Getting Canadian Drug Reviews to Work for Patients


I was struck by the findings of a recently released report by the Canadian Diabetes Association.  Entitled In the Balance: A Renewed Vision for the Common Drug Review; this report serves as a real wake-up call to Canadians with chronic health conditions.

The report focuses in on the Common Drug Review (CDR), a federal/provincial/territorial review process that takes place after Health Canada has approved a drug's safety and efficacy, and approved it for sale. The process leads to a recommendation to participating publicly-funded drug plans about whether or not a drug should receive coverage on the public drug formulary.

Following a study on the Common Drug Review by the House of Commons Standing Committee of Health, Joy Smith, M.P. (Kildonan-St. Paul) and Chair of the Standing Committee said that the CDR "process is not perfect and the Health Committee would like to see some changes."

What are the issues in providing medications to those who need them safely and quickly?

The Canadian Diabetes Association identified key challenges, which include:

  • Continued duplication in the review process
  • Lack of agreement between CDR recommendations and drug plan decisions
  • Differences in length of time to reach decisions
  • Concerns over the appeals process
  • Emphasis on cost effectiveness at the expense of other decision-making criteria, such as patient experience

The CDA makes some important suggestions for improving the Common Drug Review, including:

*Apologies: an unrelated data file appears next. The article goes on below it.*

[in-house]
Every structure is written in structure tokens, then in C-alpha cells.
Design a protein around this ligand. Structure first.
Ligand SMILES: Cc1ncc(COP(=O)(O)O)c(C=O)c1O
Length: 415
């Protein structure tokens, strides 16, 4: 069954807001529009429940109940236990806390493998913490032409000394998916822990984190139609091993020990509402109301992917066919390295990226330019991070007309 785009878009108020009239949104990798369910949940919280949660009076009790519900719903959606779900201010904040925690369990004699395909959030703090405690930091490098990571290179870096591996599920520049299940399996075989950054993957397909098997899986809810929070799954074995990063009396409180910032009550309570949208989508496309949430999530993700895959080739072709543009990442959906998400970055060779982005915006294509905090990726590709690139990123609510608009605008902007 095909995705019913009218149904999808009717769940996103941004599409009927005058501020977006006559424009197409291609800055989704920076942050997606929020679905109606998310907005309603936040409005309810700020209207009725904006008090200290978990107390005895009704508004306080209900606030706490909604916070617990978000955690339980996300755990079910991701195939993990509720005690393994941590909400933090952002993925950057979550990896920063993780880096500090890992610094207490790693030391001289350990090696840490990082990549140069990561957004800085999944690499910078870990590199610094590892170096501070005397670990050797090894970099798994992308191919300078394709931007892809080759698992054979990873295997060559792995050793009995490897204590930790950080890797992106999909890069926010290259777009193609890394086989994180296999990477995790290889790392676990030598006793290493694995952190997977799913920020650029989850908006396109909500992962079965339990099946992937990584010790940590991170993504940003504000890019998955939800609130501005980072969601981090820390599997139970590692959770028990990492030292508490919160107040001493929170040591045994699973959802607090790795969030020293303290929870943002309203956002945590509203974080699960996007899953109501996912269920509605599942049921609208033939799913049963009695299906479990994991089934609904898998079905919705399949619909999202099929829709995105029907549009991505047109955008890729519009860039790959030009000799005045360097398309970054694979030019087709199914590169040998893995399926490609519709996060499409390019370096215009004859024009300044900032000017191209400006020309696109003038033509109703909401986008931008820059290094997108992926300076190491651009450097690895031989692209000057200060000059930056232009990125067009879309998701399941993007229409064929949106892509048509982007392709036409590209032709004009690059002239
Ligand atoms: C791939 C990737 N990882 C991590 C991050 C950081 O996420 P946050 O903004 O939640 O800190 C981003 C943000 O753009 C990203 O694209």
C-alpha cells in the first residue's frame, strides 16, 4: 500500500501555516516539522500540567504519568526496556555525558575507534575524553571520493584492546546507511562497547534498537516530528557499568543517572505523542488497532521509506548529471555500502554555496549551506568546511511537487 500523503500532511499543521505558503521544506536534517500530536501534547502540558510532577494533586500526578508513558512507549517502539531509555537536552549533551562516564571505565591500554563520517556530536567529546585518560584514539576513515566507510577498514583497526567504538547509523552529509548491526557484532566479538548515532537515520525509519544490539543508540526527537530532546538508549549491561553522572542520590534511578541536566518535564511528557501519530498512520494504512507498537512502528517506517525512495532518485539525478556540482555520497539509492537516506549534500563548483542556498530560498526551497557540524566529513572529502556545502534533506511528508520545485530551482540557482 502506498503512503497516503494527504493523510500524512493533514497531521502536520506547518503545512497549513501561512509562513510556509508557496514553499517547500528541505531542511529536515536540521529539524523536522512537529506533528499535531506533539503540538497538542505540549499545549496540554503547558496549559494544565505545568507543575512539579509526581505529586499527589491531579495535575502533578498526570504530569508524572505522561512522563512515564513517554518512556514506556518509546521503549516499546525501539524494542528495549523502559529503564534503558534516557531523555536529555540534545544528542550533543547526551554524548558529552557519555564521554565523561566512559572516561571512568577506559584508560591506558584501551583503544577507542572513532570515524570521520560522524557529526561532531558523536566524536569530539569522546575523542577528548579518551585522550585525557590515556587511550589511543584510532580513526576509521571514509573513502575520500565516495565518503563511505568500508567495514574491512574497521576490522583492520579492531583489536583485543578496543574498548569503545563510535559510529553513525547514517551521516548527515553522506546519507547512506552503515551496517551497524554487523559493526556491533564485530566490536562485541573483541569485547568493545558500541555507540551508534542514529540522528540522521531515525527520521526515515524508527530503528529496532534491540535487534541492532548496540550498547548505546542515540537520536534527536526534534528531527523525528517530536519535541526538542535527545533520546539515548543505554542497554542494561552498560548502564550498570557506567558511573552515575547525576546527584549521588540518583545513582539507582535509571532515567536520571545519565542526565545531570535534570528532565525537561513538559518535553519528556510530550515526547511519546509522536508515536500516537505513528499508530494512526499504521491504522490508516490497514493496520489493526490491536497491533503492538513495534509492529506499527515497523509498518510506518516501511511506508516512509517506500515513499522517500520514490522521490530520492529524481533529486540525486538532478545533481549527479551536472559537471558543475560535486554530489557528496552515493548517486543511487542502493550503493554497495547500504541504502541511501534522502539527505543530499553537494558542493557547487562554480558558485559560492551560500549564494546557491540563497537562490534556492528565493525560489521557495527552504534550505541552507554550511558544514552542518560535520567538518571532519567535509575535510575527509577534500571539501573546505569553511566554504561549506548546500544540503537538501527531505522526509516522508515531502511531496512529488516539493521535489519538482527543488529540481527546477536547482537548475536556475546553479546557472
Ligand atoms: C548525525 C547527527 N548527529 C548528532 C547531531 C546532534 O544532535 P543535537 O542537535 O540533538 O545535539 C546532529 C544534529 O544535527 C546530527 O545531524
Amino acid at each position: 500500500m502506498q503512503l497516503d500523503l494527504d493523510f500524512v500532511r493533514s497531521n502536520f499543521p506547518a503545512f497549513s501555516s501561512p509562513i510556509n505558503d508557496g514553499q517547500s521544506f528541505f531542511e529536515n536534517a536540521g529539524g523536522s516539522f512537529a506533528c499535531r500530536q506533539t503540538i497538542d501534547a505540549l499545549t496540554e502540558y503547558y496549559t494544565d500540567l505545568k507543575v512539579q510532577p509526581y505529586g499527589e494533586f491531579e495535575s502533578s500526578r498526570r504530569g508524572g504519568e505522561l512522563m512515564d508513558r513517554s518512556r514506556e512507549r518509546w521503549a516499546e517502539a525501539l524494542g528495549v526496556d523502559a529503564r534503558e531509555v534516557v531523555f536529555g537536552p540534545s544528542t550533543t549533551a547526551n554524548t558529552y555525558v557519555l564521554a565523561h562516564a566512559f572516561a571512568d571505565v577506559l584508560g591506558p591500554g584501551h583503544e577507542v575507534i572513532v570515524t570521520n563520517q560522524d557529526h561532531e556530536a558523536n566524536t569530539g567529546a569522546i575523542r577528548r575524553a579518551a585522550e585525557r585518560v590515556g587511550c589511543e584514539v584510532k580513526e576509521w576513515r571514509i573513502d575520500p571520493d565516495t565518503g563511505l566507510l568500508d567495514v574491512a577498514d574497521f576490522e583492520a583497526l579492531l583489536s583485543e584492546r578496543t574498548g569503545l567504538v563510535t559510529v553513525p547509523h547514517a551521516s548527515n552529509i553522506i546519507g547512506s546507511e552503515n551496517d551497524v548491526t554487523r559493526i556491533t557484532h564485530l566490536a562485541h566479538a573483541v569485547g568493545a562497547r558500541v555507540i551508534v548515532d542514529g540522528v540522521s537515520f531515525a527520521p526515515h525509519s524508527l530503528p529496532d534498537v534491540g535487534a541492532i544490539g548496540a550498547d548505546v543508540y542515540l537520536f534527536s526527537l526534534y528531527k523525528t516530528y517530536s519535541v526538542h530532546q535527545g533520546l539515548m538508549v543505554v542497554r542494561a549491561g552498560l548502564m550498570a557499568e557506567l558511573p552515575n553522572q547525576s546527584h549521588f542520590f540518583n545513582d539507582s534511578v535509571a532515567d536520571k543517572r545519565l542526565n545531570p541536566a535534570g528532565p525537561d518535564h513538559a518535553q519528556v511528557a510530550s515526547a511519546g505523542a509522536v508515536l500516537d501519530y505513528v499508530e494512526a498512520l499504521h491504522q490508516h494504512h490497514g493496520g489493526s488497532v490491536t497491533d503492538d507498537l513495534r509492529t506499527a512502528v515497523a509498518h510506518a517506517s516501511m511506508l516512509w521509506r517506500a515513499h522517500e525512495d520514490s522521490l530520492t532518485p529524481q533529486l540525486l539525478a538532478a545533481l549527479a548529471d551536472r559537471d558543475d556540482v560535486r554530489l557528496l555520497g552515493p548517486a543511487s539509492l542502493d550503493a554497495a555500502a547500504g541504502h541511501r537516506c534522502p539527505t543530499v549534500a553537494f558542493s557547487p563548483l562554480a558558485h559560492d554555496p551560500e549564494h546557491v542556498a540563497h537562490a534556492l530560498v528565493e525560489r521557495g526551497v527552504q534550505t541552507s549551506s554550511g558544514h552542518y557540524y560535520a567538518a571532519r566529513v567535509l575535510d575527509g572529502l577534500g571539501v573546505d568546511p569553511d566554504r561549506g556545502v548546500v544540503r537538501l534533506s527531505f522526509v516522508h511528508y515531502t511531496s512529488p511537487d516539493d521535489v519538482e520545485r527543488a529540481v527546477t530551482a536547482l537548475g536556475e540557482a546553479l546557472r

• The introduction of greater transparency in the public engagement and CDR review process.
  • The introduction of a better balance in decision making criteria between cost-effectiveness, clinical effectiveness and other factors that affect patient experience, through enhanced patient engagement mechanisms.  

The report also expresses concern that CDR recommends fewer drugs for coverage than in many other countries:"There is evidence that Canada's public drug plan reimbursement lags behind other OECD countries for chronic diseases and conditions." and there is unequal access to diabetes drugs within each province and plan " For diabetes drugs, access is unequal across participating drug plans."

As the June Canadian Diabetes Association CDR Summit is underway, I look forward to hearing continued discussion on policies that can help ensure quick patient access to vital, new medications.